soc 101

## Send to the Discussion Forum five topics you think would make valid studies for a sociologist and tell why you think a sociologist would be interested in them. ## 


We talked about common sense and the need for sociological research in, but I want us to discuss it a little further. Quite often we have heard or have said, ?Why, that?s just common sense.? Common sense has helped a lot of us through various situations in our lives, but it really can?t be relied on as a source of knowledge because it?s quite limited (How much common sense does one have?) and what we feel is ?correct? often is not. What may seem ?right? for you or is considered as common sense to you may not be for me. 


## Send to the Discussion Forum five things you think are common sense concepts, e.g., common sense tells us it?s foolish to cross the street when the light is green. ## 


When sociologists do research, they work from a model which has eight Basic Steps. First they choose a topic that generally will have the following criteria for doing the study. 

Curiosity: Why do certain behaviors lead to certain outcomes? Why is it that two children raised by the same methods (it doesn?t matter if they are from upper or lower income families) turn out differently? One reaches their potential, the other doesn?t. 

Interest: A particularly interesting topic surfaces and sparks interest in the researcher. 

Funding: Often, grants from Federal, state, and local governments become available to study certain topics, e.g., what has made society so conducive to the formation of gangs? 

Social Issues: Social issues of global to local significance attract sociologists? attention. Things like drug cultures, unemployment, gangs, urban blight, etc. 

Second, once the problem is identified, it must be defined. Then they will ask, ?What do we want to learn and why?? 

Third, they will take a look at any existing data or literature that is 
available. What have previous studies (if any) shown? What methods of study were used? When and where was the data collected? (Time, year, etc.) 

Fourth, they will develop a hypothesis. What are the expected relationships between all of the variables according to what our theory predicts? Are they congruent or are there differences. If so why? (The hypothesis needs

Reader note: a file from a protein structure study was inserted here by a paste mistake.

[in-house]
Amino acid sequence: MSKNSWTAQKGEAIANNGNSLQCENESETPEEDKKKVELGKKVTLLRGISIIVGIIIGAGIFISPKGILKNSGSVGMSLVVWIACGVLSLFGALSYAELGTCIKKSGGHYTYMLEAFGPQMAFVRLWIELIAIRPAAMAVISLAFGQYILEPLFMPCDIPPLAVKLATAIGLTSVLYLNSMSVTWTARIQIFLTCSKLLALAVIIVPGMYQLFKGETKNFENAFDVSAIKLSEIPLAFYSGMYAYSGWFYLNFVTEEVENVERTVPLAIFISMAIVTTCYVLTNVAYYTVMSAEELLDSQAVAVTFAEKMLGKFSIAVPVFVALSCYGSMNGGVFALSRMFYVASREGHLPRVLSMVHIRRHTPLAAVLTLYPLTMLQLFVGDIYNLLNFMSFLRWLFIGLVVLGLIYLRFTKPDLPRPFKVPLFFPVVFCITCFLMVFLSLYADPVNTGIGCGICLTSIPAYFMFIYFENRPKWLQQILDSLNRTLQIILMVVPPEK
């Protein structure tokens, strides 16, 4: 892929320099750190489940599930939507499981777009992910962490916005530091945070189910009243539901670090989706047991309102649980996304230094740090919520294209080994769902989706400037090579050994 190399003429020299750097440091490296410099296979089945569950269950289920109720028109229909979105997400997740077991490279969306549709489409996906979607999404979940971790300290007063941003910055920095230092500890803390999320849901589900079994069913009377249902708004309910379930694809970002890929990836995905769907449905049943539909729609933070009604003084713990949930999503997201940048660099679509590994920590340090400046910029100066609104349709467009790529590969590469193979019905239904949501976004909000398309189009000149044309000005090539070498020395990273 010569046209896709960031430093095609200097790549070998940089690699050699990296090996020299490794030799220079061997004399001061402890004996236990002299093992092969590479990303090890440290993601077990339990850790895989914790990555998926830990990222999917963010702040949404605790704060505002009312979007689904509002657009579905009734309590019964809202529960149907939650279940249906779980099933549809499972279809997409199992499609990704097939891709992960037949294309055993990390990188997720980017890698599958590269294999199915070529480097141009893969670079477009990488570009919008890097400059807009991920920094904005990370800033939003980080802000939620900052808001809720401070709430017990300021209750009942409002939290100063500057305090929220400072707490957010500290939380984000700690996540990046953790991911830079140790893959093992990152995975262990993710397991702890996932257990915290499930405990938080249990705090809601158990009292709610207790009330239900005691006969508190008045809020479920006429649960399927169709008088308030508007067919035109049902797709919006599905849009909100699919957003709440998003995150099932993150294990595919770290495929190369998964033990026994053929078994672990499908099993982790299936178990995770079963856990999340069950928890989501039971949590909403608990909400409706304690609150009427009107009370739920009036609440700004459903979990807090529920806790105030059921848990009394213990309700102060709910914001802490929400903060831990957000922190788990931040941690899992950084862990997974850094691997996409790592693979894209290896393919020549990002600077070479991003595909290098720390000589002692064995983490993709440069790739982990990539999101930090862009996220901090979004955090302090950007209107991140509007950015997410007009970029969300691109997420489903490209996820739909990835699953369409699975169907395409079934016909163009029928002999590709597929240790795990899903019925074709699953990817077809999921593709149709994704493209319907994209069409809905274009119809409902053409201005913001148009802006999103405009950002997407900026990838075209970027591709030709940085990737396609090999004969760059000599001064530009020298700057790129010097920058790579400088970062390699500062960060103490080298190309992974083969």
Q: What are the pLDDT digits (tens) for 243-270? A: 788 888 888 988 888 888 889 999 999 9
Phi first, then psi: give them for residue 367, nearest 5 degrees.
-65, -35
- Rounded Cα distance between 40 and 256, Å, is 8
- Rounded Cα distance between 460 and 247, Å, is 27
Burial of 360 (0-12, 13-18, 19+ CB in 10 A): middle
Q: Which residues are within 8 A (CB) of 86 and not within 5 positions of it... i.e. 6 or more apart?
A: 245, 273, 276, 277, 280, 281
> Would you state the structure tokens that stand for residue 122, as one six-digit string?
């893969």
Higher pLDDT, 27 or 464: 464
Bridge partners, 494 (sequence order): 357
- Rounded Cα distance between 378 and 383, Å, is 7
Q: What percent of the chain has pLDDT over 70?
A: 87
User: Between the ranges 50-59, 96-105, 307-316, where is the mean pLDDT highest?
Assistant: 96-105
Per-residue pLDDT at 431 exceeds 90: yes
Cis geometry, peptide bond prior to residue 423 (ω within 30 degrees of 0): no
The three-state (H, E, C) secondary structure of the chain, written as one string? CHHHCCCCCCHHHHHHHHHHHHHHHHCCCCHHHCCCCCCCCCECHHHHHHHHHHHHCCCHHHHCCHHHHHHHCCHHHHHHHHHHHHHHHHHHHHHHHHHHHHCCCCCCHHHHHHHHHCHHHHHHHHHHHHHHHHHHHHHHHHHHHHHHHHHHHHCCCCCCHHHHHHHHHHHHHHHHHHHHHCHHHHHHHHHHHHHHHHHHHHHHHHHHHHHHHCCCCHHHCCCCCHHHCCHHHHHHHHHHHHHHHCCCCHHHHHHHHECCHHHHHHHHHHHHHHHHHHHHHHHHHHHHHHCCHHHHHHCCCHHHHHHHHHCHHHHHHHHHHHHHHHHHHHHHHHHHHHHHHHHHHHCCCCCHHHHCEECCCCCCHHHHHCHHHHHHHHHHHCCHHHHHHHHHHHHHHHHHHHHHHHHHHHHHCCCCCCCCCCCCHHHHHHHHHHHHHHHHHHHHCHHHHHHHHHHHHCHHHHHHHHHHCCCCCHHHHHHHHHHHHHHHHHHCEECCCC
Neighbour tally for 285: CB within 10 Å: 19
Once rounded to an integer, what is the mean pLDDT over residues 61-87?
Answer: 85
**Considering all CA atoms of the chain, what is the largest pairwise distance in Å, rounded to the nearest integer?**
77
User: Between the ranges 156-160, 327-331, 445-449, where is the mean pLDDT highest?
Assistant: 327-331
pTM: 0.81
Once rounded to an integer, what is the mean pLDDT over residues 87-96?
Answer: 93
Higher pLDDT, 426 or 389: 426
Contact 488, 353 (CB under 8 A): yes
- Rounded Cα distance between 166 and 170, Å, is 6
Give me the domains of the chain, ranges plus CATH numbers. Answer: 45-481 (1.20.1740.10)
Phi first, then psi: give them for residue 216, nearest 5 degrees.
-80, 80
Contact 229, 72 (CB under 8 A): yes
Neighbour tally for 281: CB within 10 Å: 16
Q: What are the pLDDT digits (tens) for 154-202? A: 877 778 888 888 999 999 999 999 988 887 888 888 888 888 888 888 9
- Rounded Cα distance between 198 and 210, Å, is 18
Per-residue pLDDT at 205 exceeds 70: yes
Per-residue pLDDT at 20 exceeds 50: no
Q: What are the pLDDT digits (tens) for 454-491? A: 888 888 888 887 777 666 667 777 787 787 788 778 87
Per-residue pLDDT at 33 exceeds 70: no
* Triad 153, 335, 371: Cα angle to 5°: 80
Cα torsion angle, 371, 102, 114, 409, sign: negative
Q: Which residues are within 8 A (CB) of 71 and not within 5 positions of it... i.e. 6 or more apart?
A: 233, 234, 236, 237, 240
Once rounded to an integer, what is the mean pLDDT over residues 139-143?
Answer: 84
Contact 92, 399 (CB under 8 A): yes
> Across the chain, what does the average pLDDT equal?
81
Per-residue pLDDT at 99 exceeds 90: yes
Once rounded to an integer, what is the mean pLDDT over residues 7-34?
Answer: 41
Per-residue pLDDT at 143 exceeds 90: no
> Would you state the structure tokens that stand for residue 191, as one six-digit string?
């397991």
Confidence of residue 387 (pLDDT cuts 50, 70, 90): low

to have operational definitives, i.e. If this happens, a particular event, emotion, etc. then we can expect this result by this time.) It is very important that precise ways are used in measuring hypotheses. 

Fifth, the choice of a research method is critical. Some methods will not work as well or at all when you are collecting data. Surveys, questionnaires, etc., all have to be specifically written and administered to obtain ?scientific? results. The way questions are asked can ?skew? the data. You cannot ?load? the dice. 

Sixth, validity and reliability are two issues of utmost importance when collecting data. You must have a method that will produce the results it was designed for (Validity) and the results are consistent throughout the sample (Reliability). 

Seventh is analyzing the data. Several methods can be used singly or in combination with other methods to analyze the data. Testing for correlations, doing statistical analysis, analyzing content, etc., are all used. The advent of the computer has helped to compress the amount of time it takes to get the results. Often predictions can be made quite accurately with data as soon as it starts coming in, for example, election results. 

Eighth is the sharing of results, e.g., presentations at seminars and conferences. Articles published in journals and scientific magazines and lectures in university classes are all ways of getting results to the public and others interested. Other sociologists may want to duplicate a specific study (called Replication) and compare the results to see if they continue to be reliable. 

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